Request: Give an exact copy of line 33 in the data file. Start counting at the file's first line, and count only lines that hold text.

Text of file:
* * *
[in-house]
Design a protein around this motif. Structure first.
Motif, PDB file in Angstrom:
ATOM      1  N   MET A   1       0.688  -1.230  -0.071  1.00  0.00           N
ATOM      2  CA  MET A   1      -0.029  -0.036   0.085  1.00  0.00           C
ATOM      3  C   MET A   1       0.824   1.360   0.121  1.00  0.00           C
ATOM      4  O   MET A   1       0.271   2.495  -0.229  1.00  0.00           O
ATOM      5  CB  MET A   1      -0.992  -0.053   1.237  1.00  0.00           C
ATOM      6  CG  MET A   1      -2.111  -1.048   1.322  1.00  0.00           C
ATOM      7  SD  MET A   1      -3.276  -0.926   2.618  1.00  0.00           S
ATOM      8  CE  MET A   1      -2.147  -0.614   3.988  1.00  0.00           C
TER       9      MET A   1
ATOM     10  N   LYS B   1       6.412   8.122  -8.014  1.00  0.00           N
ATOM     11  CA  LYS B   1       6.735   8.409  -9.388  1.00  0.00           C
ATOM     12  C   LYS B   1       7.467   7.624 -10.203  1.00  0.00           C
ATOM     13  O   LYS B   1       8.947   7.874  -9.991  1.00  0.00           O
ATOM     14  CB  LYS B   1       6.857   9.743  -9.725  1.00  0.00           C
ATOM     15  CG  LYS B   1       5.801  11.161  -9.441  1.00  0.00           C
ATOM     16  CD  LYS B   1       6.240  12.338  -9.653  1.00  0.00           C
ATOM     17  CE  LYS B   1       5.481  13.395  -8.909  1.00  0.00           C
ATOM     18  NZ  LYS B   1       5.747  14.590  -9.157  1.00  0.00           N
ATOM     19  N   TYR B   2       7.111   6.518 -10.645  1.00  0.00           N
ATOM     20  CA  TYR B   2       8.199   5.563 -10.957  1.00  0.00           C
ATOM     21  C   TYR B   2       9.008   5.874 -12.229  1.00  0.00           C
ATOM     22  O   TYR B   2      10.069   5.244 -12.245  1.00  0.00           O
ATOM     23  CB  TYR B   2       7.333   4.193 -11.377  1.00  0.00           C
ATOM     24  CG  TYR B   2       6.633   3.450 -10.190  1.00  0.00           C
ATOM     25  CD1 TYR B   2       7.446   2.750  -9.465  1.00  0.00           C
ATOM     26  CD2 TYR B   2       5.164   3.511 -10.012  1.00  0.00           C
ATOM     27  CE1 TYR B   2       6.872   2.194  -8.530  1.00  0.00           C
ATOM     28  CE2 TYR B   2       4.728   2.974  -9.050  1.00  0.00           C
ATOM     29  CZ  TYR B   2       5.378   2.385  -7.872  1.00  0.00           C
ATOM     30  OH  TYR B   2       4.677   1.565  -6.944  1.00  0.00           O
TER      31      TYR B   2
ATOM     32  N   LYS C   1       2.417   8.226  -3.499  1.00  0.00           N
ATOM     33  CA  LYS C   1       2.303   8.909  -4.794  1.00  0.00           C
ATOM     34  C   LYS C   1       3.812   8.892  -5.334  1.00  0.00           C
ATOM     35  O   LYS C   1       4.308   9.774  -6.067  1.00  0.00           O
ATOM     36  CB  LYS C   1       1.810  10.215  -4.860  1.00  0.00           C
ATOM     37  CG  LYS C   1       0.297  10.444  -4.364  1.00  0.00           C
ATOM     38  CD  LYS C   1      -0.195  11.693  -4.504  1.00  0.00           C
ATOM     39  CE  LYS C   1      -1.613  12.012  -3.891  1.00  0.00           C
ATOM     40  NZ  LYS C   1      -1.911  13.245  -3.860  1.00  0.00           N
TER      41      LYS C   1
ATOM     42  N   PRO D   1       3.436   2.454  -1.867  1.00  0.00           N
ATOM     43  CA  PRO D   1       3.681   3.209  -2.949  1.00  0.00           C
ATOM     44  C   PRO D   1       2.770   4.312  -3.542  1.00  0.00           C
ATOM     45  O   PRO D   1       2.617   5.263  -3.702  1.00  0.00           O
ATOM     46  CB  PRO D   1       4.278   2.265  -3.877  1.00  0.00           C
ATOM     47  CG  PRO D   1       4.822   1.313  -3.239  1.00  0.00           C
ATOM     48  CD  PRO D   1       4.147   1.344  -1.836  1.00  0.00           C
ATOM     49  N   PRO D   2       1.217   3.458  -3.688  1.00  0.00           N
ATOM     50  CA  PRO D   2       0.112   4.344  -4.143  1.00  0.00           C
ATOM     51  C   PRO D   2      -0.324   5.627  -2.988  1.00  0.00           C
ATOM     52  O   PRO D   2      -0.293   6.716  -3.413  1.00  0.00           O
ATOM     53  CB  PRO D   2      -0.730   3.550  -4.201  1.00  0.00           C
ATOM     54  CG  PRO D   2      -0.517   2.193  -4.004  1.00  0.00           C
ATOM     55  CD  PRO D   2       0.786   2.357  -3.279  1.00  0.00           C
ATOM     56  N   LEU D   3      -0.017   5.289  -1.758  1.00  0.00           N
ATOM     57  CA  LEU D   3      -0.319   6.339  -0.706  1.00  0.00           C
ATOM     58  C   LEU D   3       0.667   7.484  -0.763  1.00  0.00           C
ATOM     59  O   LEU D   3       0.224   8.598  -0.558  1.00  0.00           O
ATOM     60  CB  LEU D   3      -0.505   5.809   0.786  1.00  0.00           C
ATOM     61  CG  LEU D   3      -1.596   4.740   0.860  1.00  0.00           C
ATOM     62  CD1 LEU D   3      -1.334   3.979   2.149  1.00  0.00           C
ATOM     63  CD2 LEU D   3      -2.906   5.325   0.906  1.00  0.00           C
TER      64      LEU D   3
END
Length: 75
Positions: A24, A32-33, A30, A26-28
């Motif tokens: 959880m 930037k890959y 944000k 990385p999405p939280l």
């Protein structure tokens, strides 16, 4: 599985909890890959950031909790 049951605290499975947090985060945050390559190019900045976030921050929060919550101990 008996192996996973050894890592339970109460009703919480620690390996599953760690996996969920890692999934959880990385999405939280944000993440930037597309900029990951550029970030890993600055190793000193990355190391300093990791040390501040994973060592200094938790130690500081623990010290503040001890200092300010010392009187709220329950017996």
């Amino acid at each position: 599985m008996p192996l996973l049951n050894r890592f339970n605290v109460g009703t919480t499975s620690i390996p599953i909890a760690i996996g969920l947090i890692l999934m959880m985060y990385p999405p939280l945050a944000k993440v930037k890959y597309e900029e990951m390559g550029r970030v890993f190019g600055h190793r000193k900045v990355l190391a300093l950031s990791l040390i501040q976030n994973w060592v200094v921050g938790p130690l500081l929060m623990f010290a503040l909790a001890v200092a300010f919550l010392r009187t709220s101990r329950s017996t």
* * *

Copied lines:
ATOM     30  OH  TYR B   2       4.677   1.565  -6.944  1.00  0.00           O